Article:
With this work we have studied the mineralogical, chemical, and NAPP (Net Acid Producing Potential) variations occurring on a 3.5 ha sulphide waste-rock dump built over a period of about 100 years by the dumping, in a vertical sequence, of both non-valuable mineralisations and non-mineralised rocks coming from underground and open-pit excavations. This dump, as well as the overall Libiola mine area, is characterised by active AMD (Acid Mine Drainage) processes triggered by the diffuse oxidation of sulphide minerals [1 and references therein]. Twenty-one sampling sites were choosed by defining a grid throughout the overall dump surface and the sampling points were selected within every cell where well-exposed vertical cuts occur. Qualitative and quantitative mineralogical analyses were performed by transmitted- and reflected-light optical microscopy and by SEM-EDS. Bulk chemistry was assessed by ICP-AES and XRF analyses whereas the NAPP evaluation was based on the "AMIRA P387A" procedure . The studied samples are generally incoherent or weakly cemented by iron-oxide and -oxyhydroxides and vary from gravel-dominated to sandy-gravel sediments with a uniform particle size distribution in the range 2-64 mm. They are composed by variable amount (10-26 wt %) of sulphide mineralisation fragments (pyrite chalcopyrite sphalerite) showing various degree of oxidation. Mafic and ultramafic clasts (basalt, serpentinite and ophiolitic breccias) vary from 35 to 80 wt% and they are generally unaltered (serpentinite) or weakly altered. Secondary minerals are almost exclusively represented by Fe-oxyhydroxides (goethite) and -oxides (hematite) and they occur as cement filling interclast voids, homogeneous crusts (hardpan layers), and pseudomorphic replacement of sulphide mineralisation. They vary from 10 to 50 wt % and their abundance is strictly correlated to the sulphide content of the sample. The bulk chemistry (major, minor, and trace elements) appears to be controlled either by the primary unaltered minerals and by the different alteration products. In fact, as evidenced by several authors [3 and references therein], Fe-oxydes and -oxyhydroxides have a good affinity for several transition- and heavy-metals, that they effectively scavenge by the circulating solutions. The distribution of metals of environmental concern on the waste dump has been further plotted on contour maps. These statistical interpolations allow to evidence significant spatial variations throughout the dump that reflect either the composition of the dumped materials and the evolutive stage of the AMD processes. With the exception of few sites, all sampling points evidenced positive NAPP values which mean that AMD processes are still active and presumably should persist for long time, due to the high sulphide contents and to the complete absence of potentially neutralising mineral phases.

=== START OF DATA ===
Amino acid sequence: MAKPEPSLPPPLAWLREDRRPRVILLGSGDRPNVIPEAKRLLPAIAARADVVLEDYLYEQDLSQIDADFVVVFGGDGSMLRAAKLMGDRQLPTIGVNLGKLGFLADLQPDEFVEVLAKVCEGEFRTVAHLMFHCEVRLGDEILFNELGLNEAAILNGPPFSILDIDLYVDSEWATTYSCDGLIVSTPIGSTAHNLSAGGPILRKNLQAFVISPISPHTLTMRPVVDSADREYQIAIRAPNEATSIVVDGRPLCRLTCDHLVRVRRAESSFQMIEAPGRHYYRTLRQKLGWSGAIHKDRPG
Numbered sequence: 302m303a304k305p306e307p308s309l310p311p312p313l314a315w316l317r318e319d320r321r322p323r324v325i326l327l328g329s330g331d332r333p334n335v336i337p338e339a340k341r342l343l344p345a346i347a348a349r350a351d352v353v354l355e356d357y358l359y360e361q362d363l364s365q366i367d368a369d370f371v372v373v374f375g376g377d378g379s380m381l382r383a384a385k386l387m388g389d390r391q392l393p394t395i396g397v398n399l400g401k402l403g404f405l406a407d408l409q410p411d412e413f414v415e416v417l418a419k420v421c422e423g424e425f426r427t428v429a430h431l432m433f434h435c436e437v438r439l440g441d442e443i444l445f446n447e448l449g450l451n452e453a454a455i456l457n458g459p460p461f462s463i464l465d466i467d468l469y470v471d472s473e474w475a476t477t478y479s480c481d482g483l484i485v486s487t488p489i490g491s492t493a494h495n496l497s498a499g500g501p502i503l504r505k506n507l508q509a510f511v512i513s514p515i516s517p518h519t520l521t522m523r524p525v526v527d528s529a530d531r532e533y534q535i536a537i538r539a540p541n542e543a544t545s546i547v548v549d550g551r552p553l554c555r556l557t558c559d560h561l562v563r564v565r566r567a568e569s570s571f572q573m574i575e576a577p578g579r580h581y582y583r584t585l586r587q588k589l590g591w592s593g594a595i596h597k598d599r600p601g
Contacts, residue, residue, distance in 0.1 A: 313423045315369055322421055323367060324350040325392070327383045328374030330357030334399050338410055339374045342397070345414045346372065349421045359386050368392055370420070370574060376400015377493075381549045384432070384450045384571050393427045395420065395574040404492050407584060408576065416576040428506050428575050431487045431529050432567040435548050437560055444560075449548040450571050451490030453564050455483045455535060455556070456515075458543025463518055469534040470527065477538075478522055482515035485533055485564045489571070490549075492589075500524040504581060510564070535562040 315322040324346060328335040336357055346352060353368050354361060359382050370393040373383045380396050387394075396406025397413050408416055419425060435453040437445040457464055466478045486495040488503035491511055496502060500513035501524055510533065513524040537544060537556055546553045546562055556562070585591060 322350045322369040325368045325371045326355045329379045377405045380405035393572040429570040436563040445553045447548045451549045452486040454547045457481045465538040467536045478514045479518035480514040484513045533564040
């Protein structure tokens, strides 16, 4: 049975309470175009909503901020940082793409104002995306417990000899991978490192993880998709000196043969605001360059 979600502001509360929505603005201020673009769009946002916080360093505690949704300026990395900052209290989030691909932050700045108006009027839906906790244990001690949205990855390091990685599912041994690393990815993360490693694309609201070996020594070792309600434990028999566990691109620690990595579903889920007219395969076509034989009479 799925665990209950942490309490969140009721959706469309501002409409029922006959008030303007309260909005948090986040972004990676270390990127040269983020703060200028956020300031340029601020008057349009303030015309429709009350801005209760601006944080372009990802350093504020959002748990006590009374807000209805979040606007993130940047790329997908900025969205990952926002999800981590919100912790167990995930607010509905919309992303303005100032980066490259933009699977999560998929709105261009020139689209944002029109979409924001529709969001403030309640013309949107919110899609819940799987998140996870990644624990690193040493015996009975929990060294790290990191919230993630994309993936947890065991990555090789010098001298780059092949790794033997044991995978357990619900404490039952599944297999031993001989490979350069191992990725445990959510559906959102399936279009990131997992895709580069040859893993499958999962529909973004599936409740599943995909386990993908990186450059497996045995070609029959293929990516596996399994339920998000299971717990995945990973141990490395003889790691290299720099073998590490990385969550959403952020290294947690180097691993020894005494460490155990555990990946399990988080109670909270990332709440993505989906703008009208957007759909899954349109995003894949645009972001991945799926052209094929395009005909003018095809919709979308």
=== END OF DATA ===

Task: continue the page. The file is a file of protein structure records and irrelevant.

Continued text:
|Titolo:||Mineralogical and chemical variations in a sulphide waste-rock dump (Libiola mine, Liguria)|
SERVIDA, DIEGO (Ultimo)
|Data di pubblicazione:||set-2008|
|Enti collegati al convegno:||SIMP|
|Citazione:||Mineralogical and chemical variations in a sulphide waste-rock dump (Libiola mine, Liguria) / E. Azzali, P. Marescotti, C. Carbone, G. Lucchetti, D. Servida. ((Intervento presentato al 1. convegno SIMP-AIC Join Meeting tenutosi a Sestri Levante (GE) nel 2008.|
|Appare nelle tipologie:||14 - Intervento a convegno non pubblicato|